Limitations

This study was limited by the lack of cost data before initiation of the surgeon scorecard. The accounting program that was used to determine cost became available concurrently with the introduction of the surgeon scorecards. Therefore, no previous data were available and the authors could not evaluate any cost trends before the start of the study that may have affected the outcomes. However, during the year before the study and throughout the study period, no new contract negotiations occurred between the hospital and the implant manufacturers. Therefore, the cost savings identified during the study period were not the result of decreased direct supply costs.

Conclusion

The health care environment is changing to a value-based system. Transparency in cost and quality will place pressure on physicians and motivate a more cost-conscious approach to care. After the introduction of scorecards, average supply cost per rotator cuff repair procedure decreased (R2=0.77), and $39,831 was saved during the study period. Cost savings were mainly the result of decreased use of disposable equipment (ie, drapes, dressings, slings), although anchor use did not decrease during the study period. Of the participating surgeons, 89% reported moderate or extreme interest in the surgeon scorecards, 56% changed the way they performed surgery, and 33% believed that reducing costs can drive referrals to their practice. This study showed that surgeons are interested in cost data and willing to adjust practice patterns to reduce operating room expenditures.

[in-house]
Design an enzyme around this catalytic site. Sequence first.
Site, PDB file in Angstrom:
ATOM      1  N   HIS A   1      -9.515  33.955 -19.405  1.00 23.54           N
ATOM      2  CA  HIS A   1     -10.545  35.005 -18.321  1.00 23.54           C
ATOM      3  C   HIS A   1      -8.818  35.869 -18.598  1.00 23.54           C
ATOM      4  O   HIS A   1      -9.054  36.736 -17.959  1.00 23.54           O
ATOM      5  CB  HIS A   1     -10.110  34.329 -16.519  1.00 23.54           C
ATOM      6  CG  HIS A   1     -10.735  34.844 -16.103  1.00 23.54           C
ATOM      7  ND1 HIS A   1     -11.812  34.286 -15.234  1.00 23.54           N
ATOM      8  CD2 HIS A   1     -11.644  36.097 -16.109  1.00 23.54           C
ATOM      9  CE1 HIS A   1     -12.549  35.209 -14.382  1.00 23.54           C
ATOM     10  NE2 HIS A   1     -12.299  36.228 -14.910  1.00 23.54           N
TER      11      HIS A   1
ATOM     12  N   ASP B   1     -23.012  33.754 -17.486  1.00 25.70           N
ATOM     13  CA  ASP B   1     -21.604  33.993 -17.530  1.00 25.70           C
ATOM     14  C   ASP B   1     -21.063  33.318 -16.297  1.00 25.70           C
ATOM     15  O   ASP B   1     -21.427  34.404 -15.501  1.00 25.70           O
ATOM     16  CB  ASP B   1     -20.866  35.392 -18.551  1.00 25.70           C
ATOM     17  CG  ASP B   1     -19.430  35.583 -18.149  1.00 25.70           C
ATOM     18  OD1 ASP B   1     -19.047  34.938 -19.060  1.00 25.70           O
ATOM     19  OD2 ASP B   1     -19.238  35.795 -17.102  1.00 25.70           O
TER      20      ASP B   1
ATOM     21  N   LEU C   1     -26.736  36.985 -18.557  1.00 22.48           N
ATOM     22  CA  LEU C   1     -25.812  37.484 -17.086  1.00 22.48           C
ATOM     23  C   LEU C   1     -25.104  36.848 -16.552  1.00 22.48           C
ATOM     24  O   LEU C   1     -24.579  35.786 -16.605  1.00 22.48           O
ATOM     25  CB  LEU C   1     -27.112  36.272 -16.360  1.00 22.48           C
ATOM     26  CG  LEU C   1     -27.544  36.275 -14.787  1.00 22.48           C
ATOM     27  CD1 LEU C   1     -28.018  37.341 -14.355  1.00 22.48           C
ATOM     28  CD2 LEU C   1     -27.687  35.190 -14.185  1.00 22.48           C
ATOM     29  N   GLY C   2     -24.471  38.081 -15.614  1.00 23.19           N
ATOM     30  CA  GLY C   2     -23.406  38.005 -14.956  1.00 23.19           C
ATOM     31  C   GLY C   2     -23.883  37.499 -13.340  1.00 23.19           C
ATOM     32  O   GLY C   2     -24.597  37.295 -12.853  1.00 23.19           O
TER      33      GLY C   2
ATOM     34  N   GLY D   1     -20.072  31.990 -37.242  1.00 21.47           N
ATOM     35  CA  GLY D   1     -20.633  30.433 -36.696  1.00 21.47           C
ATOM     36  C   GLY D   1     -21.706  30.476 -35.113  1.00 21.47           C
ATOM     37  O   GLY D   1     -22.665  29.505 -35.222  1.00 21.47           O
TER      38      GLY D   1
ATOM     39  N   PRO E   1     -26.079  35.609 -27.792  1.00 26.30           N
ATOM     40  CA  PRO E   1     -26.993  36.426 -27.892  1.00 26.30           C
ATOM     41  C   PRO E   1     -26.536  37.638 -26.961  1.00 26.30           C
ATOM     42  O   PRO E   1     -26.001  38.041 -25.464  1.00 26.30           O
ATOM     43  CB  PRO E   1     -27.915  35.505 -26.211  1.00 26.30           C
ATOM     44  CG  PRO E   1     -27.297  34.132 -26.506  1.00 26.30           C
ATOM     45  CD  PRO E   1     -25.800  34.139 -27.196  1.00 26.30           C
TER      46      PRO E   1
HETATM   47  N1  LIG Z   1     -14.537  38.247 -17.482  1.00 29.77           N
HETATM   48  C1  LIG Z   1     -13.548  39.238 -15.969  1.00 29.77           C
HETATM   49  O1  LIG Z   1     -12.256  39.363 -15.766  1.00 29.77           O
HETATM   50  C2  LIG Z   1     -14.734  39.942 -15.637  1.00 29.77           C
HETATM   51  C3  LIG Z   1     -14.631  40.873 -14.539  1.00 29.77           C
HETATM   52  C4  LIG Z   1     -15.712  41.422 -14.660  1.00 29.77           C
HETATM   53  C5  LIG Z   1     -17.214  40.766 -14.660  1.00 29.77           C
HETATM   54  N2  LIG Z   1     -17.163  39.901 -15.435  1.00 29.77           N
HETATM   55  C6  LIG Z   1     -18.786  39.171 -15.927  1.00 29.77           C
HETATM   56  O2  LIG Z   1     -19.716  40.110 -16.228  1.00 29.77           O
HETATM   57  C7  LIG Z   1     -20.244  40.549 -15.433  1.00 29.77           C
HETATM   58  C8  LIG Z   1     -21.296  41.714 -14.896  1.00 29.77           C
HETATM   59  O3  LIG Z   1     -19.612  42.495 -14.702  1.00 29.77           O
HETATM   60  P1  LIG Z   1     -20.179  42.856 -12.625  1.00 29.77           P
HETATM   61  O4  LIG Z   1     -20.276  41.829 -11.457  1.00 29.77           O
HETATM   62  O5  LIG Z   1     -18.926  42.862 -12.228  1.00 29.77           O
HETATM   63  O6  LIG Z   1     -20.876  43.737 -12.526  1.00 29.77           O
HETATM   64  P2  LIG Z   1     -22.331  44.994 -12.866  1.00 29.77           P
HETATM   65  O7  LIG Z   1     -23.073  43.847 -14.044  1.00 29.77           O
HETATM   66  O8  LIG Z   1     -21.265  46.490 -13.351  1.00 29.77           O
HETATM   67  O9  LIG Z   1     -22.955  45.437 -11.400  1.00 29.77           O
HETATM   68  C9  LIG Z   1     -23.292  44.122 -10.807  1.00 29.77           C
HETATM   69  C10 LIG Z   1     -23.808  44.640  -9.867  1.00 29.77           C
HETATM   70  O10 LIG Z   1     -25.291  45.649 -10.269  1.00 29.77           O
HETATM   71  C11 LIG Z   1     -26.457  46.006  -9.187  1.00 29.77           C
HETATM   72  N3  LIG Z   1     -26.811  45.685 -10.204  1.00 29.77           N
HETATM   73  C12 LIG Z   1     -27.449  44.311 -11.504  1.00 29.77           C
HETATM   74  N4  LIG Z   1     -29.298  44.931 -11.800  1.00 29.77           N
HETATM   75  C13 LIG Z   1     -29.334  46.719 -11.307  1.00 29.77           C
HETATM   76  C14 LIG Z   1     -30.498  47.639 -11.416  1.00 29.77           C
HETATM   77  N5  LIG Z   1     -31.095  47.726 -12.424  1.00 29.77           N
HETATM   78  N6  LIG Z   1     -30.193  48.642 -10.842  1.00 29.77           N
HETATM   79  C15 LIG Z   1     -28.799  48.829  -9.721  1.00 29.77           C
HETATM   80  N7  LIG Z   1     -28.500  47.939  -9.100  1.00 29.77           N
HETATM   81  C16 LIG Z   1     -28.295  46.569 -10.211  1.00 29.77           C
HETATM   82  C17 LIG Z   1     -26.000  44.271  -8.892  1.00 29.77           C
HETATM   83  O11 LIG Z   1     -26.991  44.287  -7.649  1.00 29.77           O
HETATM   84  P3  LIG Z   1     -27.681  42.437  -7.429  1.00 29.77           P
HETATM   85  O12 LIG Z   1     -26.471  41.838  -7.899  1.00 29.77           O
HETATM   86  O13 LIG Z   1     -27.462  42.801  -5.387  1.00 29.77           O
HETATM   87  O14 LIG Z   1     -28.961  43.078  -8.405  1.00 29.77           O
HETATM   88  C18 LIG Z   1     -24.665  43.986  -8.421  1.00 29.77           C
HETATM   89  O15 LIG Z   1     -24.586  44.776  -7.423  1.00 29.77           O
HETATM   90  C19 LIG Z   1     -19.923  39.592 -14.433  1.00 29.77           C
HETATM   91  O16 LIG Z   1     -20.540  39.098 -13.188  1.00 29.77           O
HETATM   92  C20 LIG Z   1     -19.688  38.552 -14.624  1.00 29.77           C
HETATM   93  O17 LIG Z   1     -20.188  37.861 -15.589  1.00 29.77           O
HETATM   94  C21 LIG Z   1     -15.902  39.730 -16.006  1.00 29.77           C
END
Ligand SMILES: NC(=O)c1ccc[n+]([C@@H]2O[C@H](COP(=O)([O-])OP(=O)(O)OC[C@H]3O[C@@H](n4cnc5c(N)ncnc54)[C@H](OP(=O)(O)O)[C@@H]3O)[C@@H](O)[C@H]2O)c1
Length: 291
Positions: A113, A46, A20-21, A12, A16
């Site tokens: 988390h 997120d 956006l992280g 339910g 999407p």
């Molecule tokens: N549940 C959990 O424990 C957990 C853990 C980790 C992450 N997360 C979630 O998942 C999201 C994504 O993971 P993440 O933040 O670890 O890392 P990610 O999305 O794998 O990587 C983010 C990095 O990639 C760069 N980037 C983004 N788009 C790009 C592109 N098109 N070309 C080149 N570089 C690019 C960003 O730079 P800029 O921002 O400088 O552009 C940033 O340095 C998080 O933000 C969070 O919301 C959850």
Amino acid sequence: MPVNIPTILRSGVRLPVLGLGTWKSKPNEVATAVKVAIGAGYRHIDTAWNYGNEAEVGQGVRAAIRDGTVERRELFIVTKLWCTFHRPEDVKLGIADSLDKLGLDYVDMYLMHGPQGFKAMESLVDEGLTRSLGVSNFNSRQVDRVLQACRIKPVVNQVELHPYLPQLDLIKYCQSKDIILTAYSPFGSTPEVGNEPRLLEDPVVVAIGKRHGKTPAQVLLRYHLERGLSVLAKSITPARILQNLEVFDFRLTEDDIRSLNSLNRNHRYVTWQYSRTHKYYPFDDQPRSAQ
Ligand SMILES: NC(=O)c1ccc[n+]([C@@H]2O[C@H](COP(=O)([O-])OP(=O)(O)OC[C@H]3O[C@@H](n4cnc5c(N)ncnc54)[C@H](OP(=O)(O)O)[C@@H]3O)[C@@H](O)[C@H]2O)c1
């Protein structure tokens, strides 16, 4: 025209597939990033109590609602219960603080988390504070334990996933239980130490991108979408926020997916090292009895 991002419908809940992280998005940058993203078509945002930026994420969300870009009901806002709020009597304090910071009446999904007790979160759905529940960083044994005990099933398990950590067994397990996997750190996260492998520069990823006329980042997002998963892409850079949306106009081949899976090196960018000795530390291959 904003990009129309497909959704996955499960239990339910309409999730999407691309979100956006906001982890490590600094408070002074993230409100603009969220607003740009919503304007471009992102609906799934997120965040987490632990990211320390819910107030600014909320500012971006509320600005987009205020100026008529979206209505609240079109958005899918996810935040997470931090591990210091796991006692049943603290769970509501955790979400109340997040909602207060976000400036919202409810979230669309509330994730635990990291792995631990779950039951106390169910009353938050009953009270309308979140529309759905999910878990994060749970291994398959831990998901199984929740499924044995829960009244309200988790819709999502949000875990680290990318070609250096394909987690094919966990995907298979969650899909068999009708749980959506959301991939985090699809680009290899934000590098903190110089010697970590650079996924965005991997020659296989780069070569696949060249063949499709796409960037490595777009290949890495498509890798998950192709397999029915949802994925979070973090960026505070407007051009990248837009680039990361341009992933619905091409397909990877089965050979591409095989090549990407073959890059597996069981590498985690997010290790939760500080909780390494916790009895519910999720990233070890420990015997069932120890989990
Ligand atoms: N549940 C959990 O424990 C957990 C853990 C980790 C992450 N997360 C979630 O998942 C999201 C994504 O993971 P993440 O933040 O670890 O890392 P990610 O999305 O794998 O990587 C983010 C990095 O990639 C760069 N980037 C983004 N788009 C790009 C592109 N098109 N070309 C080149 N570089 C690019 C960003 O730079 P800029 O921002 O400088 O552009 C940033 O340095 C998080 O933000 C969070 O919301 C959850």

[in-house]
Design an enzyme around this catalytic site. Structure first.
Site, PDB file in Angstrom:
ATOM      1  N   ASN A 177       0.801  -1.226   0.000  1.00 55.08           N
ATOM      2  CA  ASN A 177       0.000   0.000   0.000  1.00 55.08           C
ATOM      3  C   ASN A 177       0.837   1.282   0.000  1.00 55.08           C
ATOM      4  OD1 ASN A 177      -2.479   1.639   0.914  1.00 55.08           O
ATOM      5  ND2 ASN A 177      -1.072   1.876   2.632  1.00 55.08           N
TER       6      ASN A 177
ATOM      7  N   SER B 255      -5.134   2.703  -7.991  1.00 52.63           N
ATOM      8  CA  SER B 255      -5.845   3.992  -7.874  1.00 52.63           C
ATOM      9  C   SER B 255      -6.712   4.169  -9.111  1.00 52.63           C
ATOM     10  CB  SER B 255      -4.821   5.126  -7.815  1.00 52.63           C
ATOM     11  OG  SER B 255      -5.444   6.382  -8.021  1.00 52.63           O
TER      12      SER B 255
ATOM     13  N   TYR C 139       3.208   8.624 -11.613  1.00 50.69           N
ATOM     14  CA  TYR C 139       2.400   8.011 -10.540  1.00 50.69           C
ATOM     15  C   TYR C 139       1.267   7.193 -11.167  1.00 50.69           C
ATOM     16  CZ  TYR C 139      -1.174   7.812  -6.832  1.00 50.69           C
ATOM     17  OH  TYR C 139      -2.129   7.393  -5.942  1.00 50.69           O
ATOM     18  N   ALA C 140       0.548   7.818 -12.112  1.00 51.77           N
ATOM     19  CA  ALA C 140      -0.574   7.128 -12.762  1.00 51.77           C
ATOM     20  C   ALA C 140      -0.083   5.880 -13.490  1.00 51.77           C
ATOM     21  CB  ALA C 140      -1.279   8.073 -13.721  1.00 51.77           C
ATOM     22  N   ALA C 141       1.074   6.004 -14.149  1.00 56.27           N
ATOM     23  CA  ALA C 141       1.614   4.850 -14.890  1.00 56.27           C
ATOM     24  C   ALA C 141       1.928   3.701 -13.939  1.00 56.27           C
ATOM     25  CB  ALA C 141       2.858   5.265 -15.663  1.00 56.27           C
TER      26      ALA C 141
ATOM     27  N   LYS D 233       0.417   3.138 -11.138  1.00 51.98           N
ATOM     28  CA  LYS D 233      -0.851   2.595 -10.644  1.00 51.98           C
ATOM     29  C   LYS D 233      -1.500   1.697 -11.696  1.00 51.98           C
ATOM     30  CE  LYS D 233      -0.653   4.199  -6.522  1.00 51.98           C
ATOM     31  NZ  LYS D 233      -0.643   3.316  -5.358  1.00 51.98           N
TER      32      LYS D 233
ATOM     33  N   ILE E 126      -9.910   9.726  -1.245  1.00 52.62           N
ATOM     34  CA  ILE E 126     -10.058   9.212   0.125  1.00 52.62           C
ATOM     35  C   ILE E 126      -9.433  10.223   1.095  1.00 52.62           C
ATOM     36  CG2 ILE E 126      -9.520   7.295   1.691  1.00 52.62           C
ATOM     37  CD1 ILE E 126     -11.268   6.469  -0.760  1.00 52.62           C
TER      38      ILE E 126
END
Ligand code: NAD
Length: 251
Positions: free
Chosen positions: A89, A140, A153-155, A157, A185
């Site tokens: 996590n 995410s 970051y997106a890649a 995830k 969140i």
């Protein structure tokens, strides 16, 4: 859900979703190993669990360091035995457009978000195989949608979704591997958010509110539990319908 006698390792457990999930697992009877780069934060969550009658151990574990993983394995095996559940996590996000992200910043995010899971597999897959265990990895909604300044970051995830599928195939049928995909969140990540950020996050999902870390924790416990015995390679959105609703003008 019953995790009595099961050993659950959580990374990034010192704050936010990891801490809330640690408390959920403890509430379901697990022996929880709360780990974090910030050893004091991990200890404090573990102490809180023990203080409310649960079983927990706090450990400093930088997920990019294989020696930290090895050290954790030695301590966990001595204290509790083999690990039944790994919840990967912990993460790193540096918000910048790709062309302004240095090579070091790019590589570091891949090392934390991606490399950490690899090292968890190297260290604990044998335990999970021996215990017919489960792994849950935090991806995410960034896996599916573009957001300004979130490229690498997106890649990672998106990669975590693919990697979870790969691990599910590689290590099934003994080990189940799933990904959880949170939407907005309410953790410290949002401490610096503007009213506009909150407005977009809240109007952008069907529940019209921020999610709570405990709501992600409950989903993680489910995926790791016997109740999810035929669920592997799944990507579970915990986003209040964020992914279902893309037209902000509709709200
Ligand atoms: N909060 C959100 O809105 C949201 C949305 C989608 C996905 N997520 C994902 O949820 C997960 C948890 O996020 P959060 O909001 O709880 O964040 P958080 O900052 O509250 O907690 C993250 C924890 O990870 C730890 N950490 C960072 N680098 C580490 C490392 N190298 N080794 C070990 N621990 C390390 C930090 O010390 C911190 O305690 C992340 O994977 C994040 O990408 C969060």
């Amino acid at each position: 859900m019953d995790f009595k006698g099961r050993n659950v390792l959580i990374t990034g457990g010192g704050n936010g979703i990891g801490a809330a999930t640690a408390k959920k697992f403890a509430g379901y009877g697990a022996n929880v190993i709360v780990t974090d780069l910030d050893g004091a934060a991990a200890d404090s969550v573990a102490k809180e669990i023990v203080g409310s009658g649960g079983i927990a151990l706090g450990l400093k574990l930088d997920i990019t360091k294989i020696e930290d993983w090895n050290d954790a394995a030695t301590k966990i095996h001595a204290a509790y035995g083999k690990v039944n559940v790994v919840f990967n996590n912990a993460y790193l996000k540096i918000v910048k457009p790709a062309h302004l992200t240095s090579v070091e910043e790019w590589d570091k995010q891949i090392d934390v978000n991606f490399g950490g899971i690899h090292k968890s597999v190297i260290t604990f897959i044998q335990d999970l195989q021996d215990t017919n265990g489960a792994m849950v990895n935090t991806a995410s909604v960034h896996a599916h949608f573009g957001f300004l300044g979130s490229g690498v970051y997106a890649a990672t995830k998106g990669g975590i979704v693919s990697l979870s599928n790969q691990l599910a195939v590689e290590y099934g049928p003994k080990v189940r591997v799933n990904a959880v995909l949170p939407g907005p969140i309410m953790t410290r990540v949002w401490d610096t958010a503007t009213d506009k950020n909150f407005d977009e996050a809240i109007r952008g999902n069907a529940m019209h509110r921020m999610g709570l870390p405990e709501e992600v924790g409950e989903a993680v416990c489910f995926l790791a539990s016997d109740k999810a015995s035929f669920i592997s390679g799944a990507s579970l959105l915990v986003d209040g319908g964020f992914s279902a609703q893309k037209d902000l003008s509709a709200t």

References

  1. Robert Wood Johnson Foundation. What are the biggest drivers of cost in U.S. health care? http://www.rwjf.org/content/dam/farm/reports/issue_briefs/2011/rwjf71331. Accessed November 20, 2014.
  2. Aetna. The facts about rising health care costs. http://www.aetna.com/health-reform-connection/aetnas-vision/facts-about-costs.html. Accessed November 20, 2014.